After this, the word of the Lord came to Abram in a vision: 

“Do not be afraid, Abram.
I am your shield, 
your very great reward. ” 

But Abram said, “Sovereign Lord, what can you give me since I remain childless and the one who will inherit my estate is Eliezer of Damascus?” And Abram said, “You have given me no children; so a servant in my household will be my heir.”
Then the word of the Lord came to him: “This man will not be your heir, but a son who is your own flesh and blood will be your heir.” He took him outside and said, “Look up at the sky and count the stars—if indeed you can count them.” Then he said to him, “So shall your offspring be.”
Abram believed the Lord, and he credited it to him as righteousness.
He also said to him, “I am the Lord, who brought you out of Ur of the Chaldeans to give you this land to take possession of it.”
But Abram said, “Sovereign Lord, how can I know that I will gain possession of it?”
So the Lord said to him, “Bring me a heifer, a goat and a ram, each three years old, along with a dove and a young pigeon.”
10 Abram brought all these to him, cut them in two and arranged the halves opposite each other; the birds, however, he did not cut in half. 11 Then birds of prey came down on the carcasses, but Abram drove them away.
12 As the sun was setting, Abram fell into a deep sleep, and a thick and dreadful darkness came over him. 13 Then the Lord said to him, “Know for certain that for four hundred years your descendants will be strangers in a country not their own and that they will be enslaved and mistreated there. 14 But I will punish the nation they serve as slaves, and afterward they will come out with great possessions. 15 You, however, will go to your ancestors in peace and be buried at a good old age. 16 In the fourth generation your descendants will come back here, for the sin of the Amorites has not yet reached its full measure.”
17 When the sun had set and darkness had fallen, a smoking firepot with a blazing torch appeared and passed between the pieces. 18 On that day the Lord made a covenant with Abram and said, “To your descendants I give this land, from the Wadi of Egypt to the great river, the Euphrates—19 the land of the Kenites, Kenizzites, Kadmonites, 20 Hittites, Perizzites, Rephaites, 21 Amorites, Canaanites, Girgashites and Jebusites.” 
 (Genesis 15.1–21, NIV)

God makes a promise to Abraham that he can and will keep, in spite of the obstacles that seem to be present.

Thought Questions:

In what ways do you think Abraham’s question to God in verse 2 is a valid one? When have you wrestled with the promises of God that seem contradictory to the actual situation at hand?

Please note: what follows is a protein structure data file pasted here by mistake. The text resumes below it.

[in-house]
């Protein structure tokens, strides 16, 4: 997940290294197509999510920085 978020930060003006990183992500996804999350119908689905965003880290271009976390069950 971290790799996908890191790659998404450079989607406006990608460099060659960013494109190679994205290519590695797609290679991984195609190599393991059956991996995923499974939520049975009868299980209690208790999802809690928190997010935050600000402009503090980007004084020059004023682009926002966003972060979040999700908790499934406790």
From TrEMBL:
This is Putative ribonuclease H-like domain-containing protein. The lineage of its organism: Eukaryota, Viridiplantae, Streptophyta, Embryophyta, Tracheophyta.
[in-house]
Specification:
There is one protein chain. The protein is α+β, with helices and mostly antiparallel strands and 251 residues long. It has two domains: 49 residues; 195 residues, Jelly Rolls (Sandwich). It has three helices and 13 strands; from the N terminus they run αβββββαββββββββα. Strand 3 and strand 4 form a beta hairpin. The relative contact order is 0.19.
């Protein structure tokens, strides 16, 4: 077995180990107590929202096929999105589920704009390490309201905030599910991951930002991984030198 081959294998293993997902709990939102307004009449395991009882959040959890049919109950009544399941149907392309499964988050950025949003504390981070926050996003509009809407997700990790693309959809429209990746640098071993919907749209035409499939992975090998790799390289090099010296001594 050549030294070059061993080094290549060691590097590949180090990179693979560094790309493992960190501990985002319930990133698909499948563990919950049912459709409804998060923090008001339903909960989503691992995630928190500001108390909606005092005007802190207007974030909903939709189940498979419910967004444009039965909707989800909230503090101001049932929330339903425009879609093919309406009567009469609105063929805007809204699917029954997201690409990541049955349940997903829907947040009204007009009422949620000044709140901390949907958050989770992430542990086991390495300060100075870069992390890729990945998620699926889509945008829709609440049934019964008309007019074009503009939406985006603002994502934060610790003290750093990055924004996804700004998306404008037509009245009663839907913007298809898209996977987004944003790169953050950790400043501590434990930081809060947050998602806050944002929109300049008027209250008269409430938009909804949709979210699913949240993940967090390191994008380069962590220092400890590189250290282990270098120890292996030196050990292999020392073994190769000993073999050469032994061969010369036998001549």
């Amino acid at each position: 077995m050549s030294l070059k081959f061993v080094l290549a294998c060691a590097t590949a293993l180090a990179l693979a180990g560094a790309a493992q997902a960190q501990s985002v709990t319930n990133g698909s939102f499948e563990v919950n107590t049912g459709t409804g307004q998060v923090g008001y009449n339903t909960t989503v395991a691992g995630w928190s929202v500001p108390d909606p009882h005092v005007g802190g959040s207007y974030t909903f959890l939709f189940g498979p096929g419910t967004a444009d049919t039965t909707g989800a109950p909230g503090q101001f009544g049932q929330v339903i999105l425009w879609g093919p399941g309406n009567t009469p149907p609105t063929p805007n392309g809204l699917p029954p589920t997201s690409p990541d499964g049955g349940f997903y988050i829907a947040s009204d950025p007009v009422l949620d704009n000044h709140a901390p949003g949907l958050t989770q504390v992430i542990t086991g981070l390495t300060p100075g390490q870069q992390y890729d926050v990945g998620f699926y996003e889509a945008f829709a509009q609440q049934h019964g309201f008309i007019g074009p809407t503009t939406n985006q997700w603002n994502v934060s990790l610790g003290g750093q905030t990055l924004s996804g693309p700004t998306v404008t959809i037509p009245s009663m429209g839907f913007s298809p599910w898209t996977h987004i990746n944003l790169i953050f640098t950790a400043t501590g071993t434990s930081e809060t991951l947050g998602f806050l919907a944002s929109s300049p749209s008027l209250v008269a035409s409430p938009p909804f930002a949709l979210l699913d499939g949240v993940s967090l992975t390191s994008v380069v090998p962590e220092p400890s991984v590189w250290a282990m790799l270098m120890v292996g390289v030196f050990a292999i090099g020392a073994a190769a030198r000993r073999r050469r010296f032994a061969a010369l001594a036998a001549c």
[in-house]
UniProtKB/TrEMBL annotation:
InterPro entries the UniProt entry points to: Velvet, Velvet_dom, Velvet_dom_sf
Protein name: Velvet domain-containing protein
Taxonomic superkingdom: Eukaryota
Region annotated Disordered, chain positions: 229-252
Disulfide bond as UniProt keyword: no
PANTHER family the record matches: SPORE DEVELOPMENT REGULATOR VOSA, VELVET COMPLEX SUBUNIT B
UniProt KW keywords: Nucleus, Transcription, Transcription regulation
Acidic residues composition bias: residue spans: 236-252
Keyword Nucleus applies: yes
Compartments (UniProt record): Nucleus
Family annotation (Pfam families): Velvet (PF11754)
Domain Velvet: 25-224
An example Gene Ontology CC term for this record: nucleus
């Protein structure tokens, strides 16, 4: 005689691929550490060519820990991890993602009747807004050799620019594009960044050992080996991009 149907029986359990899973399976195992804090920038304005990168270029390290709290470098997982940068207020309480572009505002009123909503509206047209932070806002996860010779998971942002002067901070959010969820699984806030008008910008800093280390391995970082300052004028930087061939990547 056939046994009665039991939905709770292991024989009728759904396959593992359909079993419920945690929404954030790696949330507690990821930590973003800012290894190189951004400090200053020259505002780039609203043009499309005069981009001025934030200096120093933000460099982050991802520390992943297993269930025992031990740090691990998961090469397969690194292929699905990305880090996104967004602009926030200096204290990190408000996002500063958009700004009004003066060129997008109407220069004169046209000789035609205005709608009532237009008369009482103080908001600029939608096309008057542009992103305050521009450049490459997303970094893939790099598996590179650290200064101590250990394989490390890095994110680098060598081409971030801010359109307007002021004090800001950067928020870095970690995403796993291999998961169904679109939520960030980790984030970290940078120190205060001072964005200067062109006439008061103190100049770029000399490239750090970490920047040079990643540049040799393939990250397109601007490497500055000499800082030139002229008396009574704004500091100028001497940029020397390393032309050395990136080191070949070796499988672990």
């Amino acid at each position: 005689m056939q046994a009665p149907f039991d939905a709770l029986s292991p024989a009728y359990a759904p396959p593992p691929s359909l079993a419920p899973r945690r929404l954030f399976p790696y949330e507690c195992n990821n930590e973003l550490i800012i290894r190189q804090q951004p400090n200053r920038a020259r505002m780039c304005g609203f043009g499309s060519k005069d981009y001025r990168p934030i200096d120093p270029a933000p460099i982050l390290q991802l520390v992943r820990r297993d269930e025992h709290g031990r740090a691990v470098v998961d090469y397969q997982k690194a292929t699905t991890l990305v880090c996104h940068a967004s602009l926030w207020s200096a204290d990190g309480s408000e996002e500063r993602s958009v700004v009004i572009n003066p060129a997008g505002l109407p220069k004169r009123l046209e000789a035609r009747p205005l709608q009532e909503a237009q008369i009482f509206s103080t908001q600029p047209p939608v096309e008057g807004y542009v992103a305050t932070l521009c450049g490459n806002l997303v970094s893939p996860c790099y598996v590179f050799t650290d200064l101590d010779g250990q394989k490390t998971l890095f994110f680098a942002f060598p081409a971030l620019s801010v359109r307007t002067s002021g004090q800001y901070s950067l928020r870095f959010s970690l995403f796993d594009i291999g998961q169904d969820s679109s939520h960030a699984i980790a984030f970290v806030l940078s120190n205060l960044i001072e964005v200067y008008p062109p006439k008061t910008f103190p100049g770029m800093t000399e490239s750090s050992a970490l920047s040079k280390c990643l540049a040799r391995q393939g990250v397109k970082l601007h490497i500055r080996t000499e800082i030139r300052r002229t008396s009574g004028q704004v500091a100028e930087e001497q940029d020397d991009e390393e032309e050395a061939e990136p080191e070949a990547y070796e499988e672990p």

How do you think Abraham could believe God in spite of the circumstances? Why is this belief considered righteousness?

What can you do to more able to believe the promises of God that seem impossible?

Luke 14.25-35 – October 30, 2020

Luke 14.25–35

Large crowds were traveling with Jesus, and turning to them he said: 26 “If anyone comes to me and does not hate father and mother, wife and children, brothers and sisters—yes, even their own life—such a person cannot be my disciple. 27 And whoever does not carry their cross and follow me cannot be my disciple.
28 “Suppose one of you wants to build a tower. Won’t you first sit down and estimate the cost to see if you have enough money to complete it? 29 For if you lay the foundation and are not able to finish it, everyone who sees it will ridicule you, 30 saying, ‘This person began to build and wasn’t able to finish.’
31 “Or suppose a king is about to go to war against another king. Won’t he first sit down and consider whether he is able with ten thousand men to oppose the one coming against him with twenty thousand? 32 If he is not able, he will send a delegation while the other is still a long way off and will ask for terms of peace. 33 In the same way, those of you who do not give up everything you have cannot be my disciples.
34 “Salt is good, but if it loses its saltiness, how can it be made salty again? 35 It is fit neither for the soil nor for the manure pile; it is thrown out.
“Whoever has ears to hear, let them hear.”
 (Luke 14.25–35, NIV)

The cost of discipleship is large … it is your entire life.

Thought Questions:

Why do we react against the idea that we should “hate our own life?” Does Jesus really want us to hate ourselves? If not, what is he meaning here?

How would the people hearing Jesus’ message reacted to the idea of “picking up a cross?”

How are you being salt in the world in which you live?